Register a SA Forums Account here!
JOINING THE SA FORUMS WILL REMOVE THIS BIG AD, THE ANNOYING UNDERLINED ADS, AND STUPID INTERSTITIAL ADS!!!

You can: log in, read the tech support FAQ, or request your lost password. This dumb message (and those ads) will appear on every screen until you register! Get rid of this crap by registering your own SA Forums Account and joining roughly 150,000 Goons, for the one-time price of $9.95! We charge money because it costs us $3,400 per month for bandwidth bills alone, and since we don't believe in shoving popup ads to our registered users, we try to make the money back through forum registrations.
  • Locked thread
f#a#
Sep 6, 2004

taming the wilderness


What a weird time for a thread, I am on day 4 of round 6 of my attempts to quit smoking. 4 of those rounds really were just short-lived (week or less) whims, though. I've smoked for five years and my family has a history of lung cancer. It hadn't phased me much, and still doesn't, but it's a bit creepy to think about.


First of all, what caused it: I'm tired of waking up feeling like poo poo. Sure, I drink, I smoke pot, but at least with hangovers you feel like you actually did something the previous day. So I woke up a week ago feeling like poo poo and looked at the leftover Nicoderm envelopes in my closet from my last attempt. Date of expiration: March 2009. That made me pretty drat sad, so I decided to try again.

This time around I'm making sure to keep routines but omit the smoking--if I get a craving at work, I'll go outside and walk around the block. Somehow, this makes my temptation to run to 7-11 and pick up a pack a lot less pressing.

P.S., on the flip-side of the dreams issue, nicotine patch-induced dreams are amazing, typically speaking.

Adbot
ADBOT LOVES YOU

f#a#
Sep 6, 2004

taming the wilderness


I'm visiting my long-distance girlfriend in two weeks for the first time since Christmas, and one of my resolutions was to quit smoking.

Now then. I've been a smoker for seven years or so (since late high school) and have tried quitting before but never with success greater than a month. Tried the patch probably about 3 times—at one point I got depressed that my spares had literally expired.

Any way, I also lie a lot about quitting. I've been "kind of maybe quitting" in my mind for the past four months or so, but haven't had a period greater than one week without one in that entire span of time. For example, I've told the person in question to her face (Skype) that I'm quitting and haven't had one in four days. Except I had two two days ago, five halves yesterday, and like six today. And I lied about that to her. I don't even know why though!

I'm pathetic at quitting. Time to read through this thread I suppose

edit: oh hello page 2 (november 2009) post:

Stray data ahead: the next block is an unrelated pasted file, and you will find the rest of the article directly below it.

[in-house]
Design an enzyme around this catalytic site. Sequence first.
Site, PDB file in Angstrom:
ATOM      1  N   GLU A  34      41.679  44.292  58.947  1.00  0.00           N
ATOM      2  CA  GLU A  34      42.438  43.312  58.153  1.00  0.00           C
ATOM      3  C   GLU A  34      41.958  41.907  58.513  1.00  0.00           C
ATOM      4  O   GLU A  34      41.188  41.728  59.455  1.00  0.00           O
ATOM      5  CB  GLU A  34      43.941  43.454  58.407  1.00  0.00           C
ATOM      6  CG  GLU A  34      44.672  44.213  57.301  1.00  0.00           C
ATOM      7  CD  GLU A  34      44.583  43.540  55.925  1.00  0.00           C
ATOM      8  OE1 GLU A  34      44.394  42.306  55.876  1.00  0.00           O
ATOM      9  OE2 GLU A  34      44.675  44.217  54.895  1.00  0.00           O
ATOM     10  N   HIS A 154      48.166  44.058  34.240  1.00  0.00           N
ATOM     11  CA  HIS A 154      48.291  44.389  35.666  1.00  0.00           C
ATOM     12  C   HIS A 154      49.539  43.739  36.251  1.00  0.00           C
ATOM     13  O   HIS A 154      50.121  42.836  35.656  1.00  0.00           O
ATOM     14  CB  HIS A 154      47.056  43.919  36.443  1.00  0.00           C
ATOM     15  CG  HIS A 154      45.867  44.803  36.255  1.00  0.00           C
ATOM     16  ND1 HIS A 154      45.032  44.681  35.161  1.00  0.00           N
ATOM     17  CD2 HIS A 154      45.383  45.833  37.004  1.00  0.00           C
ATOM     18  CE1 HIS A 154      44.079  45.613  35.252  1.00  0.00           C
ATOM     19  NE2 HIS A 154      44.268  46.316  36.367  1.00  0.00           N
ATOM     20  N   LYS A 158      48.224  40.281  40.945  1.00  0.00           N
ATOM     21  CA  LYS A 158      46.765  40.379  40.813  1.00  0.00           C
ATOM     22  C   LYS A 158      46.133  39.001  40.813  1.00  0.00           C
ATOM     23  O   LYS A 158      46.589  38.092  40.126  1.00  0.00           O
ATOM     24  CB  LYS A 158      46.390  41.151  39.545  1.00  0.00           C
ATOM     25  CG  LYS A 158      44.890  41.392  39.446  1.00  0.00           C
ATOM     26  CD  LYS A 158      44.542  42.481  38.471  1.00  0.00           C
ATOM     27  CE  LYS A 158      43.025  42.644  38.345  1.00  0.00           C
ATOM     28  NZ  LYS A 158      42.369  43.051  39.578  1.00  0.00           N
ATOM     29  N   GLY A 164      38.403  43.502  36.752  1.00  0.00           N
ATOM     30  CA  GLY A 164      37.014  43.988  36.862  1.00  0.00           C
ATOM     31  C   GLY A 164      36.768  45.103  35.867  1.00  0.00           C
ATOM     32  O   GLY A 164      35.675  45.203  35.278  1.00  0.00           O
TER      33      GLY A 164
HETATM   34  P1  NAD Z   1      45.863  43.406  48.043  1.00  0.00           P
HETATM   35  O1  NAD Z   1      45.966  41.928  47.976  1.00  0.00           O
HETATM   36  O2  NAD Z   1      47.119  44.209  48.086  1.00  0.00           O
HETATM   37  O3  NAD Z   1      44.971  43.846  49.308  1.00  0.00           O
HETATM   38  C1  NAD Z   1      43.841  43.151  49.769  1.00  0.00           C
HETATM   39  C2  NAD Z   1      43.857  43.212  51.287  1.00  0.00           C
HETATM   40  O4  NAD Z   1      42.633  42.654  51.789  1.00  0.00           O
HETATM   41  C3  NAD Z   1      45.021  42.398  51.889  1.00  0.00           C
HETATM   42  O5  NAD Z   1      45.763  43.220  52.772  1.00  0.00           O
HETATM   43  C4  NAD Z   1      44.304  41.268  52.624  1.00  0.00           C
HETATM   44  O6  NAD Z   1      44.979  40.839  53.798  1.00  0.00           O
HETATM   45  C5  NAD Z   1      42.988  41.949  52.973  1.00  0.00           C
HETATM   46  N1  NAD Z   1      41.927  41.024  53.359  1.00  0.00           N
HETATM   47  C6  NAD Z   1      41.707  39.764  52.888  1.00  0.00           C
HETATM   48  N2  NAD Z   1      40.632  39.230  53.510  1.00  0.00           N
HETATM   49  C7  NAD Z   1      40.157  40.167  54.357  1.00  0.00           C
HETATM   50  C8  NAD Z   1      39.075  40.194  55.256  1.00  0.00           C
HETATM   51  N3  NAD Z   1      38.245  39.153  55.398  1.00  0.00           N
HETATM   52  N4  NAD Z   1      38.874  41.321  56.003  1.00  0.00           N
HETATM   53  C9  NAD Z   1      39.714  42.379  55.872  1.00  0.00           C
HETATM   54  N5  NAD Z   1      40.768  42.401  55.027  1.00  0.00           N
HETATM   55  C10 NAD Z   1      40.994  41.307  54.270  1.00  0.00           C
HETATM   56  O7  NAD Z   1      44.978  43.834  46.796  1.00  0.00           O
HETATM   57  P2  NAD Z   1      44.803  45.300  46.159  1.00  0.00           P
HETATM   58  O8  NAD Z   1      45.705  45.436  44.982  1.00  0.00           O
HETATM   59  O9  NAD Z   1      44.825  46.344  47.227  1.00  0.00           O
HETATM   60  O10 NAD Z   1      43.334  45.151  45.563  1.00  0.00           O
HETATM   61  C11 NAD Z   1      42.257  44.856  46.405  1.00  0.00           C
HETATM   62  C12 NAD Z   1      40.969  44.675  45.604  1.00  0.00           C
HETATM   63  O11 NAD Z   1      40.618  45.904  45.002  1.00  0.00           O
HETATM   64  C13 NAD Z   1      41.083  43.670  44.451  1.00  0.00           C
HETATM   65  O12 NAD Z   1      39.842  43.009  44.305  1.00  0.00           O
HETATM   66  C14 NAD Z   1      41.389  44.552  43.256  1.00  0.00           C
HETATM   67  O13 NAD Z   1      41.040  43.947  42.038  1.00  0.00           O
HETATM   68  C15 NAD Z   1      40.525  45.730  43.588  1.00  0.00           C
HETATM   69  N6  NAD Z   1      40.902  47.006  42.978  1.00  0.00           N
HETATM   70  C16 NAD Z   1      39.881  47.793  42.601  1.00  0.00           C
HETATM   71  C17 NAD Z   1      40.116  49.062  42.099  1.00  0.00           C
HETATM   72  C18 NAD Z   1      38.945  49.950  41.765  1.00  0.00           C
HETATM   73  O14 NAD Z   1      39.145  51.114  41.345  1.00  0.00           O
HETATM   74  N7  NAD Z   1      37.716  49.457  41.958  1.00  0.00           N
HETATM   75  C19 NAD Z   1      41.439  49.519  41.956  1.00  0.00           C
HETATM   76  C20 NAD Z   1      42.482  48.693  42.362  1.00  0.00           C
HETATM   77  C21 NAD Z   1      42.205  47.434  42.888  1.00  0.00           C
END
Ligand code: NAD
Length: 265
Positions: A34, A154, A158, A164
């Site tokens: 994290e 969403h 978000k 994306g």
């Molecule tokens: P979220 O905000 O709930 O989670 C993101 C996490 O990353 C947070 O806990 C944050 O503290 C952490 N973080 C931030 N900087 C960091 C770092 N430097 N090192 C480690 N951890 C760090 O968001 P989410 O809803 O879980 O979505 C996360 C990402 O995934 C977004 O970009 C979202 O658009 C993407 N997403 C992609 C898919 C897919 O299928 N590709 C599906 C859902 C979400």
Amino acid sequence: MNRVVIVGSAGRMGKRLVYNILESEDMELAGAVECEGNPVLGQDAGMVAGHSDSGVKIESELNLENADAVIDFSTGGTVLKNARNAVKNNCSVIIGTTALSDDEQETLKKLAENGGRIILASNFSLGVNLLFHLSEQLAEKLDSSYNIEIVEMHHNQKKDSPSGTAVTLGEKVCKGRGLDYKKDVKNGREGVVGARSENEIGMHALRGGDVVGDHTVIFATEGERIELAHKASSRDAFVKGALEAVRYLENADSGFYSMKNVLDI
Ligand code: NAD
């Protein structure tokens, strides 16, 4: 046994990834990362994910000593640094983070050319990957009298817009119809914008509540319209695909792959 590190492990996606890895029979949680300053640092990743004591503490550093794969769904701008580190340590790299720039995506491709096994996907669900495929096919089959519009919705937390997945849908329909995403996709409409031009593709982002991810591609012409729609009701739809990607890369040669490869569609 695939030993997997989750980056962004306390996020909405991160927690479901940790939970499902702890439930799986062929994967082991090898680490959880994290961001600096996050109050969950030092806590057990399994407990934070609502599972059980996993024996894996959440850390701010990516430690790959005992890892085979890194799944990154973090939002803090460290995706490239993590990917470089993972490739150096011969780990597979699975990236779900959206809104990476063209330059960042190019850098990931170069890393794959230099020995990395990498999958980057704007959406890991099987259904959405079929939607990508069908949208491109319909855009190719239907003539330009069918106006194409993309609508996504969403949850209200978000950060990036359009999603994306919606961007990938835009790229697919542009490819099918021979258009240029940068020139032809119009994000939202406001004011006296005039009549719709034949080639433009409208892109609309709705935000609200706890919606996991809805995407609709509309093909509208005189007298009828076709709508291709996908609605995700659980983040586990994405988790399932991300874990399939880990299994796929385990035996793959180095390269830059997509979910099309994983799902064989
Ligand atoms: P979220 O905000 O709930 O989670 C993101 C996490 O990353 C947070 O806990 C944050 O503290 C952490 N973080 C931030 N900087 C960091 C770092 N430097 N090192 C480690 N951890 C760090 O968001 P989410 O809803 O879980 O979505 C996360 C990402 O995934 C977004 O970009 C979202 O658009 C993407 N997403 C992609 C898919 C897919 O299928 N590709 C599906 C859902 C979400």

f#a# posted:

What a weird time for a thread, I am on day 4 of round 6 of my attempts to quit smoking. 4 of those rounds really were just short-lived (week or less) whims, though. I've smoked for five years and my family has a history of lung cancer. It hadn't phased me much, and still doesn't, but it's a bit creepy to think about.


First of all, what caused it: I'm tired of waking up feeling like poo poo. Sure, I drink, I smoke pot, but at least with hangovers you feel like you actually did something the previous day. So I woke up a week ago feeling like poo poo and looked at the leftover Nicoderm envelopes in my closet from my last attempt. Date of expiration: March 2009. That made me pretty drat sad, so I decided to try again.

This time around I'm making sure to keep routines but omit the smoking--if I get a craving at work, I'll go outside and walk around the block. Somehow, this makes my temptation to run to 7-11 and pick up a pack a lot less pressing.

P.S., on the flip-side of the dreams issue, nicotine patch-induced dreams are amazing, typically speaking.

f#a# fucked around with this message at Mar 9, 2011 around 00:07

f#a#
Sep 6, 2004

taming the wilderness


I'm on day 5, and going to throw in my support for Allen Carr's Easyway program. Pick up a copy from your local bookstore—it may have been literally the best use of my money in my entire life, especially seeing as I had more psychological problems with quitting (like Azzmun above said, you realize your brain is rationalizing something that is in fact addiction-driven). I don't know what it was, but after finishing reading that book, I now have no desire to pick up a cigarette ever again.

And honestly I don't feel bad at all. Carr's approach is one of optimism and positivity—and if you can buy into that, it's a fantastic find. I actually feel like I'm accomplishing something rather than "losing" a part of myself, which is how my quitting attempts used to go. Even withdrawal symptoms are somehow psychologically diminished for me—I can tell that I'm slightly more irritable than usual but I'm under control. Otherwise...nothing.

  • Locked thread